Fair Housing vs. Unfair Housing

Do you know the difference?

Knowing the difference between fair housing and unfair housing isn't as obvious as you might think. This blog aims to present a variety of important and interesting fair housing issues.

If you're an apartment professional, avoid costly mistakes by reading the stories of others who — even with good intentions — learned compliance lessons the hard way. (For the easy way, click here.)

If you live in an apartment, get familiar with your rights when it comes to housing discrimination, as well as your options for seeking justice.

Thursday, April 29, 2010

Fair Housing Month: Why Not Everyone Is Celebrating

It's Fair Housing Month, but not everyone is celebrating. There's no question that the Fair Housing Act (FHA) has proven itself over the past 42 years as a landmark piece of legislation that has helped thousands of victims of illegal housing discrimination across the United States. But, even after two significant amendments, the FHA protects people based on only seven protected classes — race, color, religion, national origin, sex, disability, and familial status.

If you think that covers a lot of situations, you're right. But many individuals, advocacy groups, and politicians argue that the law doesn't go far enough. Several states, cities, and towns have succeeded in extending fair housing protection by including additional protected classes in their own anti-discrimination laws, such as:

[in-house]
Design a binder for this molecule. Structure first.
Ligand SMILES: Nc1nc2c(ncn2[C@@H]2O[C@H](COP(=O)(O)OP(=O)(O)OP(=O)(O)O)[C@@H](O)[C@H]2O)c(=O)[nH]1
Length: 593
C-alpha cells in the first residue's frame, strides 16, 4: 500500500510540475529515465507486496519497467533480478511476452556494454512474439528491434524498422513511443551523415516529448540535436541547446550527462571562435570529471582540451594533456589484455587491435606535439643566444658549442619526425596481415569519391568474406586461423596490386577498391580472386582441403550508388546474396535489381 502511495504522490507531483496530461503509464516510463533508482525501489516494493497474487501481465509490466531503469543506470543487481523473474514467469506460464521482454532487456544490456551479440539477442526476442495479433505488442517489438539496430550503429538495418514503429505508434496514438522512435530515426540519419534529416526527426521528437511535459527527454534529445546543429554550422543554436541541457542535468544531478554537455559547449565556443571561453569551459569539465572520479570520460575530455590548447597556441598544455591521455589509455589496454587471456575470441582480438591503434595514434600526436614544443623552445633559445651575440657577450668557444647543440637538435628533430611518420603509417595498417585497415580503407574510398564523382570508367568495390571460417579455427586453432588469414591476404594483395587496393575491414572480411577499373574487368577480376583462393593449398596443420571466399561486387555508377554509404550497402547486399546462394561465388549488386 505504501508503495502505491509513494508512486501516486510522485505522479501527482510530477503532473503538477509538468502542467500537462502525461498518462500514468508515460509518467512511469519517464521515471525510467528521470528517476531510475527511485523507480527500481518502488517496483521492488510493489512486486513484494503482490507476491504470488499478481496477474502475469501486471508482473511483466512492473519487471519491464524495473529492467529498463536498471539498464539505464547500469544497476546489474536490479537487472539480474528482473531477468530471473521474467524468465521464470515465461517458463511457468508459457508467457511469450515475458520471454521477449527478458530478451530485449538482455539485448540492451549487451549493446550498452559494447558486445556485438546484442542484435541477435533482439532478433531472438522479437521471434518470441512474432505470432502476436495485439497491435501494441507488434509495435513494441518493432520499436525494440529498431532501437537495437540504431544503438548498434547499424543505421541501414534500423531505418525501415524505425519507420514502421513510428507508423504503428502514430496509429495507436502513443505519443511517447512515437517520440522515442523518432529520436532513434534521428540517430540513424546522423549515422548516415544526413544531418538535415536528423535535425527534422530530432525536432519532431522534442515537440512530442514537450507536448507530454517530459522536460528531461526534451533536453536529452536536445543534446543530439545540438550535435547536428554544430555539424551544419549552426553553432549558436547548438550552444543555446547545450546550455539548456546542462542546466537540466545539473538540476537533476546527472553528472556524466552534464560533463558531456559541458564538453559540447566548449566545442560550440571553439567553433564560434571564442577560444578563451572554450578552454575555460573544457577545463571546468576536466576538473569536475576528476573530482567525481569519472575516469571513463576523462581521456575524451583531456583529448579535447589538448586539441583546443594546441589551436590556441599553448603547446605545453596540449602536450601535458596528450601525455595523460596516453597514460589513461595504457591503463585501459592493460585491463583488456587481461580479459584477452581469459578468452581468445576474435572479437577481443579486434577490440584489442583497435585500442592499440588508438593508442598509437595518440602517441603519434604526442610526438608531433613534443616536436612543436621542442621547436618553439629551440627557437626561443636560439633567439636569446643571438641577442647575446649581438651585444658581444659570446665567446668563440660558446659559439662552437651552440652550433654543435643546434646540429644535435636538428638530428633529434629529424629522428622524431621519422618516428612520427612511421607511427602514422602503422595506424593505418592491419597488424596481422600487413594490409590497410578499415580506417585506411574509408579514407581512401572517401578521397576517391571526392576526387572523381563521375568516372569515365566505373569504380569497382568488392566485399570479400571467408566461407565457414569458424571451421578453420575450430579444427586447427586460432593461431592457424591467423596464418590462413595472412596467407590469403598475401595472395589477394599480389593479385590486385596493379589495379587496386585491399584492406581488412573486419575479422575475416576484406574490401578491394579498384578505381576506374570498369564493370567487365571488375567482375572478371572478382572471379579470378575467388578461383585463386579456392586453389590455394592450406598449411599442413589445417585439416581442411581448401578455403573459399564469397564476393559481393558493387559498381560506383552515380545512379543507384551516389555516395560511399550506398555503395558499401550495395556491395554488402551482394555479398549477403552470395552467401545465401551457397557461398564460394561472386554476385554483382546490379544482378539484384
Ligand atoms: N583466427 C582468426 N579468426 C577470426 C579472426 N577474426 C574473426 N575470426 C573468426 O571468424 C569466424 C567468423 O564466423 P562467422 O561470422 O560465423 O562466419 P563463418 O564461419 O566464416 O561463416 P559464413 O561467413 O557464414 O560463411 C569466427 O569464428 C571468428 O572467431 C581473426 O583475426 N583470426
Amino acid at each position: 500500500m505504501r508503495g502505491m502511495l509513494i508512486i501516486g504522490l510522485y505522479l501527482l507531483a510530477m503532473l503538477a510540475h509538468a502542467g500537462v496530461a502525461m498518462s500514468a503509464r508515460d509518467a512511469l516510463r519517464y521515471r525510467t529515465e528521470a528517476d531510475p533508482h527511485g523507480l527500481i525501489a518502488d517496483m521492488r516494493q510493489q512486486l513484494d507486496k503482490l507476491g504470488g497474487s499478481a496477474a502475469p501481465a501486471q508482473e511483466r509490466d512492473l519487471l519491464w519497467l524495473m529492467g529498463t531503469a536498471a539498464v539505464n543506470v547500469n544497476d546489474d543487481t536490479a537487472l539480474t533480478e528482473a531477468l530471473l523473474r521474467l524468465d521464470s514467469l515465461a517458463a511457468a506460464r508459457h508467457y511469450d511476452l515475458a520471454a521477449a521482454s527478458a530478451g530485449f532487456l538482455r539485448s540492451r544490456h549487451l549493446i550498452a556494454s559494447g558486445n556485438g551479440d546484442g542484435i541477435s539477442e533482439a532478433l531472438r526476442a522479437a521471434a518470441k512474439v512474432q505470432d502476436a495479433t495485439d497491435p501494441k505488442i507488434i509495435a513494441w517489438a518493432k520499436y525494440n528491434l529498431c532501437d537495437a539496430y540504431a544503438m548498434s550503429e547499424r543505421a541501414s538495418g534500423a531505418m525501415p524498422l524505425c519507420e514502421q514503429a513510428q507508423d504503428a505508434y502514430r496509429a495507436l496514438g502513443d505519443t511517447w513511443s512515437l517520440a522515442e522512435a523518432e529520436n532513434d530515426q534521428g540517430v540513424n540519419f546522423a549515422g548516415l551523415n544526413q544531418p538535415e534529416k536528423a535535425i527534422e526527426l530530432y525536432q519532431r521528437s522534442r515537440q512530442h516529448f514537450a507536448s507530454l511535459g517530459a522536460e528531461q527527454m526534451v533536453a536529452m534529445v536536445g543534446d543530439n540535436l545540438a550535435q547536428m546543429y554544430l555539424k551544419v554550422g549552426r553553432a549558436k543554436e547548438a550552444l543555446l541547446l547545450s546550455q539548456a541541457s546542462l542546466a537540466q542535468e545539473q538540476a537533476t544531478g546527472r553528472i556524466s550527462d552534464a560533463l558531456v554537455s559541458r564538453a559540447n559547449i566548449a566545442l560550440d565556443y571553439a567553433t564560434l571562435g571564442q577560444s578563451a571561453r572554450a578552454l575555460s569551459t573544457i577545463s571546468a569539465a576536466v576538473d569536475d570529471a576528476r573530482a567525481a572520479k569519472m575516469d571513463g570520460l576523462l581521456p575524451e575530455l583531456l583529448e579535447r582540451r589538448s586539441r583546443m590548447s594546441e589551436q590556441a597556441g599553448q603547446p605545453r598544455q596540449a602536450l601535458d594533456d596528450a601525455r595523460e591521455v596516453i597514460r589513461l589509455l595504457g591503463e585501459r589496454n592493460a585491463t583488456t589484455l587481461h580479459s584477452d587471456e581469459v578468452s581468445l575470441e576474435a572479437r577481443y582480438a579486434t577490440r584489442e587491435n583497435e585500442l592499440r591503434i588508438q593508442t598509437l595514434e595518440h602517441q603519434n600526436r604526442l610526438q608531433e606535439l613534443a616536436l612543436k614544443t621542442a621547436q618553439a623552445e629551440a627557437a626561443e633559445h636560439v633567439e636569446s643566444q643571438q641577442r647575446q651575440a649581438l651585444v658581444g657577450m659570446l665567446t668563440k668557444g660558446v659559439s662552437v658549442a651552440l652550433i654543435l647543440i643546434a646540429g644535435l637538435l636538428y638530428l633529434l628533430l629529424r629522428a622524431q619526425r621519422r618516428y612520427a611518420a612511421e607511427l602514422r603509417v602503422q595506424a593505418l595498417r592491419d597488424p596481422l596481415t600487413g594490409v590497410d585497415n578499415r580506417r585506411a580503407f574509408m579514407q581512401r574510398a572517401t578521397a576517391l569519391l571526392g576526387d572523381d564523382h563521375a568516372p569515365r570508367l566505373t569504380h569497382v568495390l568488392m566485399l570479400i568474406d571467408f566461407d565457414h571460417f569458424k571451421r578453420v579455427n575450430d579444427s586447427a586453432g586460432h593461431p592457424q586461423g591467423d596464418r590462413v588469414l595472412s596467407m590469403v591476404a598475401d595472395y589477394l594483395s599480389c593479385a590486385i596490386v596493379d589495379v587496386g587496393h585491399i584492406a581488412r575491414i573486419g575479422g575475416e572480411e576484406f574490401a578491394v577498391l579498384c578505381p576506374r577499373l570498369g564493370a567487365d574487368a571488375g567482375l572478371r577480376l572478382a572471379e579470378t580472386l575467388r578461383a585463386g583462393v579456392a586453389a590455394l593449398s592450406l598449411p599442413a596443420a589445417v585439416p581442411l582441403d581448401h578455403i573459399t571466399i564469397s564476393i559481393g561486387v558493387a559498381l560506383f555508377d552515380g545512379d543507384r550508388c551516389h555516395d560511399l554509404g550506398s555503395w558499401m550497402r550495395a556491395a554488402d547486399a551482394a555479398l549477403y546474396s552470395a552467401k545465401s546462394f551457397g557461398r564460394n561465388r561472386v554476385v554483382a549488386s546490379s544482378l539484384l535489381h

• sexual orientation;
  • age;
  • marital status;
  • source of income;
  • military status;
  • personal appearance; and
  • political affiliation.
(For a scrollable list of additional protected classes in the 50 states plus the District of Columbia, check out the "Protected Classes Tool" at fairhousingresources.com.)

Do you believe the FHA should be amended to include additional protected classes? If so, which protected classes would you like to see added? How fair is fair housing if many types of housing discrimination are still legal under federal law?

What do you think?

Return tomorrow for the thirtieth and final part of this special "Fair Housing Month" feature at Fairhousingblog.com.

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